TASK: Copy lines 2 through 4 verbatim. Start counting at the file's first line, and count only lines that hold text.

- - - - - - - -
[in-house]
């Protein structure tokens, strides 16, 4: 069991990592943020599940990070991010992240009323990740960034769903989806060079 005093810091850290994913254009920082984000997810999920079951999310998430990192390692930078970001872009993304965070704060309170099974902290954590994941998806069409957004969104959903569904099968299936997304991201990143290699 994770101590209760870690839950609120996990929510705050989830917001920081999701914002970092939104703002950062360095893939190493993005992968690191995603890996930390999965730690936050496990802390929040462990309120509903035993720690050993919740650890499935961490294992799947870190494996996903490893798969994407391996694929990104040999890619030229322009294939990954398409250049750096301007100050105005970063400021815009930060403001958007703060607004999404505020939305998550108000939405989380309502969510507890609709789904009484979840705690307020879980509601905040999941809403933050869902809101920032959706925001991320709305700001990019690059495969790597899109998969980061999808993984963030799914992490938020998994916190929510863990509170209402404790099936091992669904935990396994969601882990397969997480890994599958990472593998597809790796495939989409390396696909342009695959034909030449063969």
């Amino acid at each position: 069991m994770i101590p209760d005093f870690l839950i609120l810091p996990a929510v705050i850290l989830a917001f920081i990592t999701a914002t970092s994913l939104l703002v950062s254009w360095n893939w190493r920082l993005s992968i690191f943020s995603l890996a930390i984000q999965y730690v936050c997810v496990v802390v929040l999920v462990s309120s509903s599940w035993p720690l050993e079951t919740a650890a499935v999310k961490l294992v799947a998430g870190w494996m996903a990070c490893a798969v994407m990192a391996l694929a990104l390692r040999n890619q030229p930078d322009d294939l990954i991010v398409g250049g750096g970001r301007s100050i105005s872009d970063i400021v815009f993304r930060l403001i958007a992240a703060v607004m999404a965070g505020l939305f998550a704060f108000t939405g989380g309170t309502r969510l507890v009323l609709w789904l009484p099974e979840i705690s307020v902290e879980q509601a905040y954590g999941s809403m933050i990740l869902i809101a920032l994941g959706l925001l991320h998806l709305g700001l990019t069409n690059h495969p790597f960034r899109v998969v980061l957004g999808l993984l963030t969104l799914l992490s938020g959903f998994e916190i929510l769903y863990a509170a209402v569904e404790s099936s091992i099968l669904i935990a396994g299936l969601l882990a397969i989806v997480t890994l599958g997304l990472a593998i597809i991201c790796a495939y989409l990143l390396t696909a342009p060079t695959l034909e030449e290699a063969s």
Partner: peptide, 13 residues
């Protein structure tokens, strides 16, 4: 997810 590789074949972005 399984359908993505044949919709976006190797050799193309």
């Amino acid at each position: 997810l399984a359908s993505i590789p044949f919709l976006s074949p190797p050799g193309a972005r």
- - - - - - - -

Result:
């Protein structure tokens, strides 16, 4: 069991990592943020599940990070991010992240009323990740960034769903989806060079 005093810091850290994913254009920082984000997810999920079951999310998430990192390692930078970001872009993304965070704060309170099974902290954590994941998806069409957004969104959903569904099968299936997304991201990143290699 994770101590209760870690839950609120996990929510705050989830917001920081999701914002970092939104703002950062360095893939190493993005992968690191995603890996930390999965730690936050496990802390929040462990309120509903035993720690050993919740650890499935961490294992799947870190494996996903490893798969994407391996694929990104040999890619030229322009294939990954398409250049750096301007100050105005970063400021815009930060403001958007703060607004999404505020939305998550108000939405989380309502969510507890609709789904009484979840705690307020879980509601905040999941809403933050869902809101920032959706925001991320709305700001990019690059495969790597899109998969980061999808993984963030799914992490938020998994916190929510863990509170209402404790099936091992669904935990396994969601882990397969997480890994599958990472593998597809790796495939989409390396696909342009695959034909030449063969």
């Amino acid at each position: 069991m994770i101590p209760d005093f870690l839950i609120l810091p996990a929510v705050i850290l989830a917001f920081i990592t999701a914002t970092s994913l939104l703002v950062s254009w360095n893939w190493r920082l993005s992968i690191f943020s995603l890996a930390i984000q999965y730690v936050c997810v496990v802390v929040l999920v462990s309120s509903s599940w035993p720690l050993e079951t919740a650890a499935v999310k961490l294992v799947a998430g870190w494996m996903a990070c490893a798969v994407m990192a391996l694929a990104l390692r040999n890619q030229p930078d322009d294939l990954i991010v398409g250049g750096g970001r301007s100050i105005s872009d970063i400021v815009f993304r930060l403001i958007a992240a703060v607004m999404a965070g505020l939305f998550a704060f108000t939405g989380g309170t309502r969510l507890v009323l609709w789904l009484p099974e979840i705690s307020v902290e879980q509601a905040y954590g999941s809403m933050i990740l869902i809101a920032l994941g959706l925001l991320h998806l709305g700001l990019t069409n690059h495969p790597f960034r899109v998969v980061l957004g999808l993984l963030t969104l799914l992490s938020g959903f998994e916190i929510l769903y863990a509170a209402v569904e404790s099936s091992i099968l669904i935990a396994g299936l969601l882990a397969i989806v997480t890994l599958g997304l990472a593998i597809i991201c790796a495939y989409l990143l390396t696909a342009p060079t695959l034909e030449e290699a063969s």
Partner: peptide, 13 residues